Multiple ionic conductances of the human dopamine transporter: The actions of dopamine and psychostimulants

Mark S. Sonders, Si Jia Zhu, Nancy R. Zahniser, Michael P. Kavanaugh, Susan G. Amara

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358 Scopus citations


Electrophysiological and pharmacological studies of a cloned human dopamine transporter (hDAT) were undertaken to investigate the mechanisms of transporter function and the actions of drugs at this target. Using two- electrode voltage-clamp techniques with hDAT-expressing Xenopus laevis oocytes, we show that hDAT can be considered electrogenic by two criteria. (1) Uptake of hDAT substrates gives rise to a pharmacologically appropriate 'transport-associated' current (2) The velocity of DA uptake measured in oocytes clamped at various membrane potentials was voltage-dependent, increasing with hyperpolarization. Concurrent measurement of transport- associated current and substrate flux in individual oocytes revealed that charge movement during substrate translocation was greater than would be expected for a transport mechanism with fixed stoichiometry of 2 Na+ and 1 Cl- per DA+ molecule. In addition to the transport-associated current, hDAT also mediates a constitutive leak current, the voltage and ionic dependencies of which differ markedly from those of the transport-associated current. Ion substitution experiments suggest that alkali cations and protons are carried by the hDAT leak conductance. In contrast to the transport-associated functions, the leak does not require Na+ or Cl-, and DAT ligands readily interact with the transporter even in the absence of these ions. The currents that hDAT mediates provide a functional assay that readily distinguishes the modes of action of amphetamine-like 'DA-releasing' drugs from cocaine-like translocation blockers. In addition, the voltage dependence of DA uptake suggests a mechanism through which presynaptic DA autoreceptor activation may accelerate the termination of dopaminergic neurotransmission in vivo.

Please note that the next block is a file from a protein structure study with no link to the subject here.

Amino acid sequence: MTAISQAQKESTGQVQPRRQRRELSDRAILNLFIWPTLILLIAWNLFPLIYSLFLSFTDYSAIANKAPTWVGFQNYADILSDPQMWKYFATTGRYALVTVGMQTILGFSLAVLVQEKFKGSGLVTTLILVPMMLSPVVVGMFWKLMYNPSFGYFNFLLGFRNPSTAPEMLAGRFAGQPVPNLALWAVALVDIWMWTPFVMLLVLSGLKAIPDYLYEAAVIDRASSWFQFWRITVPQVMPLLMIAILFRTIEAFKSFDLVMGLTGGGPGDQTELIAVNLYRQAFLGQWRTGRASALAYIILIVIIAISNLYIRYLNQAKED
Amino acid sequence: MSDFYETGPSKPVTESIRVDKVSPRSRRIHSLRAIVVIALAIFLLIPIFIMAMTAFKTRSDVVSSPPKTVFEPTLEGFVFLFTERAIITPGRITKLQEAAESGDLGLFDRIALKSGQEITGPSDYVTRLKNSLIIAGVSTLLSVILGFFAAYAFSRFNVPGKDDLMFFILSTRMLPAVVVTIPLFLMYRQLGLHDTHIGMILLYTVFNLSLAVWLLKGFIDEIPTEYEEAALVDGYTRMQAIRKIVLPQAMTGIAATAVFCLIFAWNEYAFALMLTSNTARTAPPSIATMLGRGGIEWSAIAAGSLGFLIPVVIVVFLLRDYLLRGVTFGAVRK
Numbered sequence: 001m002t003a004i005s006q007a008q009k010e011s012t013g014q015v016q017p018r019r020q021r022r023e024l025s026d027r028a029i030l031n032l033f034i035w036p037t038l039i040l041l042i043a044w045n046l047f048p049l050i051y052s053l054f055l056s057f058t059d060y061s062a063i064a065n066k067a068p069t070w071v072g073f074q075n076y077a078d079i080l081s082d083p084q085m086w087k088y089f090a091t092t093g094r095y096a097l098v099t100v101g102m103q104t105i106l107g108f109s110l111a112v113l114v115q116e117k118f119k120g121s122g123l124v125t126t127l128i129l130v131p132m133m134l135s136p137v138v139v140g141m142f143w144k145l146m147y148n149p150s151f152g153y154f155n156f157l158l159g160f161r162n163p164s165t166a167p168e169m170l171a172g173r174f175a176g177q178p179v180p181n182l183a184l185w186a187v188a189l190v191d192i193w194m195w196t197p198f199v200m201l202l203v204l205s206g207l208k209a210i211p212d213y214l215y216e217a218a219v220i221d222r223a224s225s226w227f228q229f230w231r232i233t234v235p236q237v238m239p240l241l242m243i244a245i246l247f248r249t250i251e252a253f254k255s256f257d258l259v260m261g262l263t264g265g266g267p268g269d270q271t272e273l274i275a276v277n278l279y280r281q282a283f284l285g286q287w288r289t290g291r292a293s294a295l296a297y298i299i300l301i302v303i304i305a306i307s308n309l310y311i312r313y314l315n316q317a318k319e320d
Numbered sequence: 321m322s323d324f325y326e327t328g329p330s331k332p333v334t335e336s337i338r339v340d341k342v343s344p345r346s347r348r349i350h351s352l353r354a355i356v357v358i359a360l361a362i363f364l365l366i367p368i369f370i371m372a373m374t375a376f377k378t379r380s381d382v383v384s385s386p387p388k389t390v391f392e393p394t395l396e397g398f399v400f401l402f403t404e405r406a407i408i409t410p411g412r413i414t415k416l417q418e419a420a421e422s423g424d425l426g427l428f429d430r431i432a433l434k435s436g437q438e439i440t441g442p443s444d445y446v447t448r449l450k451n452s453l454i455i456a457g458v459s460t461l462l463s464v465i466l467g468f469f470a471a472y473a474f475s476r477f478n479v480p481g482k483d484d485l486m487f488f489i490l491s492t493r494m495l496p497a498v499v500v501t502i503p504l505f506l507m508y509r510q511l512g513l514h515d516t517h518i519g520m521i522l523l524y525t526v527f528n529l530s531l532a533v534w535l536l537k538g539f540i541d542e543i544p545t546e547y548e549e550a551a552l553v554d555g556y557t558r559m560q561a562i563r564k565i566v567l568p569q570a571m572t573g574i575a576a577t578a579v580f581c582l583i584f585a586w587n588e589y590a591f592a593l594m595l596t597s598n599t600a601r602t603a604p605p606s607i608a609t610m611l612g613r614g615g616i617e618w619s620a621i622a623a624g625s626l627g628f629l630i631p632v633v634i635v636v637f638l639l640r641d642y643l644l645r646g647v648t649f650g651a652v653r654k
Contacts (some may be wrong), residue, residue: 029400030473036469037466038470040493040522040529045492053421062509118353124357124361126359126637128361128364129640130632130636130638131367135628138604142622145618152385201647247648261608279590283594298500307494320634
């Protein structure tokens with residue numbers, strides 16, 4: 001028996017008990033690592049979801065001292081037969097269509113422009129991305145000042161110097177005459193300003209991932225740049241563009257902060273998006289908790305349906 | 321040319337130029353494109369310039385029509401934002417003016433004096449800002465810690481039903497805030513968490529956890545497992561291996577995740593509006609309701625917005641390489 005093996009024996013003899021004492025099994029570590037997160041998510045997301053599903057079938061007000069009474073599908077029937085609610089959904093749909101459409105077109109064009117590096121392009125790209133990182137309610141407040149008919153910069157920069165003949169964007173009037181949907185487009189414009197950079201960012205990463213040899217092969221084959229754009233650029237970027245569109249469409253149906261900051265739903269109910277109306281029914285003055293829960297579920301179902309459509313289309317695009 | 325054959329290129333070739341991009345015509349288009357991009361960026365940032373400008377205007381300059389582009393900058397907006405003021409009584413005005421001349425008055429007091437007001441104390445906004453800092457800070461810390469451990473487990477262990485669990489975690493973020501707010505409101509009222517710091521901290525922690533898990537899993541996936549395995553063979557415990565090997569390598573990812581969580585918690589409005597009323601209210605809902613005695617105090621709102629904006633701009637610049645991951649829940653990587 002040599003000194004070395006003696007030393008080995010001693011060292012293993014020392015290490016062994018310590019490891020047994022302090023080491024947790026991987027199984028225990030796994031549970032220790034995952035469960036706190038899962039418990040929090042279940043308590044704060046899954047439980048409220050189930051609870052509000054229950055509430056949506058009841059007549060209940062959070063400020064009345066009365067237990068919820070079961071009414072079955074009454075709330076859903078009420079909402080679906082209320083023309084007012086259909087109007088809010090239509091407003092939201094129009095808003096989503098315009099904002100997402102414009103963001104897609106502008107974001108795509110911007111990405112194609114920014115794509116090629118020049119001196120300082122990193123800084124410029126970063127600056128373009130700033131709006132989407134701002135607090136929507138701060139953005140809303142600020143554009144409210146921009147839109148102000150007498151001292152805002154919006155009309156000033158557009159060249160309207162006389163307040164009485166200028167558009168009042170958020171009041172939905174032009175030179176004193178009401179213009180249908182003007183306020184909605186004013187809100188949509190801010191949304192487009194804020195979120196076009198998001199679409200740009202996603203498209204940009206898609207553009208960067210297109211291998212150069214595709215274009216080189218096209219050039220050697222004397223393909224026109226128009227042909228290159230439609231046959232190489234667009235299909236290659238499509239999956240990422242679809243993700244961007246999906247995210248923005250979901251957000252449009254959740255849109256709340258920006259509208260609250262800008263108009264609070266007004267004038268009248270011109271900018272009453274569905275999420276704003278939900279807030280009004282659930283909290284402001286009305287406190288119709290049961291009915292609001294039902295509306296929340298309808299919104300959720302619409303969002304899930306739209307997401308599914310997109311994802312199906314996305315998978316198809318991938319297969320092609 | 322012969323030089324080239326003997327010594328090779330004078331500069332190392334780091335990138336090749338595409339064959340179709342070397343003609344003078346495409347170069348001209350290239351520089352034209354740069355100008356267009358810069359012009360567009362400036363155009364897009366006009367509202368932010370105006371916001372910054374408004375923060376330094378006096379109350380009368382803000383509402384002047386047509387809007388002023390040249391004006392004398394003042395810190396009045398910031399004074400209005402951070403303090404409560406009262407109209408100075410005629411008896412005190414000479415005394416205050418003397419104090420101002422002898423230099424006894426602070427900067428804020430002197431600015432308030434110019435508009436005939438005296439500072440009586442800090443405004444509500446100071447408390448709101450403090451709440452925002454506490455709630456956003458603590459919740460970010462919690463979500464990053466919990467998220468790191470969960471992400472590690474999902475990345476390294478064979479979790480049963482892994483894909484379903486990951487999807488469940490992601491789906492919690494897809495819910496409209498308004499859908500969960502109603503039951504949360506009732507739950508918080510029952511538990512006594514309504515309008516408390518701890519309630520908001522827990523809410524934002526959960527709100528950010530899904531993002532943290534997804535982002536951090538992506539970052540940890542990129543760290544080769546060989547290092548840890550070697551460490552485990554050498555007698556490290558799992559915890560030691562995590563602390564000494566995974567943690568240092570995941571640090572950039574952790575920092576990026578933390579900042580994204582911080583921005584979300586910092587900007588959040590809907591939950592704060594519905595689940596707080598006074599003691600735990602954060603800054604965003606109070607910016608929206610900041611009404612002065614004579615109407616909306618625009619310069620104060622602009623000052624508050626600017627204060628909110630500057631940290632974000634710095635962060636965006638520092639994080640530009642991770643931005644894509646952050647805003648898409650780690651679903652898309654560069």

Original languageEnglish
Pages (from-to)960-974
Number of pages15
JournalJournal of Neuroscience
Issue number3
StatePublished - 1997


  • MPP
  • Na/Cl- dependent
  • Xenopus oocyte
  • amphetamine
  • carrier
  • cocaine
  • methamphetamine
  • methylphenidate
  • psychomotor stimulant
  • release
  • u ptake


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